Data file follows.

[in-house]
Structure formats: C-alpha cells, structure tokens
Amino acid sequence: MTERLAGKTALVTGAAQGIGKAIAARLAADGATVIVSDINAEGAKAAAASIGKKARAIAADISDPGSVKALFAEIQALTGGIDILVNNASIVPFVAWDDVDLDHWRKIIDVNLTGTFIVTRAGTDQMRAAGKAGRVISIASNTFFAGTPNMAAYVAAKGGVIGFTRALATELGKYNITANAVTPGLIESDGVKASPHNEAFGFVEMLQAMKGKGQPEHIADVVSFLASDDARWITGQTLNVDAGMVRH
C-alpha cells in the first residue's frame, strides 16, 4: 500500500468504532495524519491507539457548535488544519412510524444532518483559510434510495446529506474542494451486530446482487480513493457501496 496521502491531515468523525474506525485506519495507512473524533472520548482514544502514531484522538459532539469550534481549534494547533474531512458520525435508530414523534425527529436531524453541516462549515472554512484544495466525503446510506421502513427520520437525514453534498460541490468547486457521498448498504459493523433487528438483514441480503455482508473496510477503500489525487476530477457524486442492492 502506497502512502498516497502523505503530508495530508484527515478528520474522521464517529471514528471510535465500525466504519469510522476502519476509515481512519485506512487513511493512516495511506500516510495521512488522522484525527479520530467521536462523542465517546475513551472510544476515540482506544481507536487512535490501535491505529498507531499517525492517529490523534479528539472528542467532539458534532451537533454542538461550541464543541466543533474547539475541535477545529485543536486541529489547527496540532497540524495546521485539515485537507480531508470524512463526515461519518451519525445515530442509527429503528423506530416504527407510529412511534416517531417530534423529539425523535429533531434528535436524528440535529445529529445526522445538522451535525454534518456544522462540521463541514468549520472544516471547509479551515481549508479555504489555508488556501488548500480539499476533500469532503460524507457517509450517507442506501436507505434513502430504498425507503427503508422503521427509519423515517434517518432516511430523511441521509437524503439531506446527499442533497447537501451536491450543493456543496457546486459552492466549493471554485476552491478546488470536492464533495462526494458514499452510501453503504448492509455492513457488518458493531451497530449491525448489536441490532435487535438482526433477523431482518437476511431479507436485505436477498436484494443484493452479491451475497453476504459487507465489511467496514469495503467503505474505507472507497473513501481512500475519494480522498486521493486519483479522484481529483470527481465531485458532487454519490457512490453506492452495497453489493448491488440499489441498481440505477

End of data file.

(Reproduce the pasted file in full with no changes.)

[in-house]
Structure formats: C-alpha cells, structure tokens
Amino acid sequence: MTERLAGKTALVTGAAQGIGKAIAARLAADGATVIVSDINAEGAKAAAASIGKKARAIAADISDPGSVKALFAEIQALTGGIDILVNNASIVPFVAWDDVDLDHWRKIIDVNLTGTFIVTRAGTDQMRAAGKAGRVISIASNTFFAGTPNMAAYVAAKGGVIGFTRALATELGKYNITANAVTPGLIESDGVKASPHNEAFGFVEMLQAMKGKGQPEHIADVVSFLASDDARWITGQTLNVDAGMVRH
C-alpha cells in the first residue's frame, strides 16, 4: 500500500468504532495524519491507539457548535488544519412510524444532518483559510434510495446529506474542494451486530446482487480513493457501496 496521502491531515468523525474506525485506519495507512473524533472520548482514544502514531484522538459532539469550534481549534494547533474531512458520525435508530414523534425527529436531524453541516462549515472554512484544495466525503446510506421502513427520520437525514453534498460541490468547486457521498448498504459493523433487528438483514441480503455482508473496510477503500489525487476530477457524486442492492 502506497502512502498516497502523505503530508495530508484527515478528520474522521464517529471514528471510535465500525466504519469510522476502519476509515481512519485506512487513511493512516495511506500516510495521512488522522484525527479520530467521536462523542465517546475513551472510544476515540482506544481507536487512535490501535491505529498507531499517525492517529490523534479528539472528542467532539458534532451537533454542538461550541464543541466543533474547539475541535477545529485543536486541529489547527496540532497540524495546521485539515485537507480531508470524512463526515461519518451519525445515530442509527429503528423506530416504527407510529412511534416517531417530534423529539425523535429533531434528535436524528440535529445529529445526522445538522451535525454534518456544522462540521463541514468549520472544516471547509479551515481549508479555504489555508488556501488548500480539499476533500469532503460524507457517509450517507442506501436507505434513502430504498425507503427503508422503521427509519423515517434517518432516511430523511441521509437524503439531506446527499442533497447537501451536491450543493456543496457546486459552492466549493471554485476552491478546488470536492464533495462526494458514499452510501453503504448492509455492513457488518458493531451497530449491525448489536441490532435487535438482526433477523431482518437476511431479507436485505436477498436484494443484493452479491451475497453476504459487507465489511467496514469495503467503505474505507472507497473513501481512500475519494480522498486521493486519483479522484481529483470527481465531485458532487454519490457512490453506492452495497453489493448491488440499489441498481440505477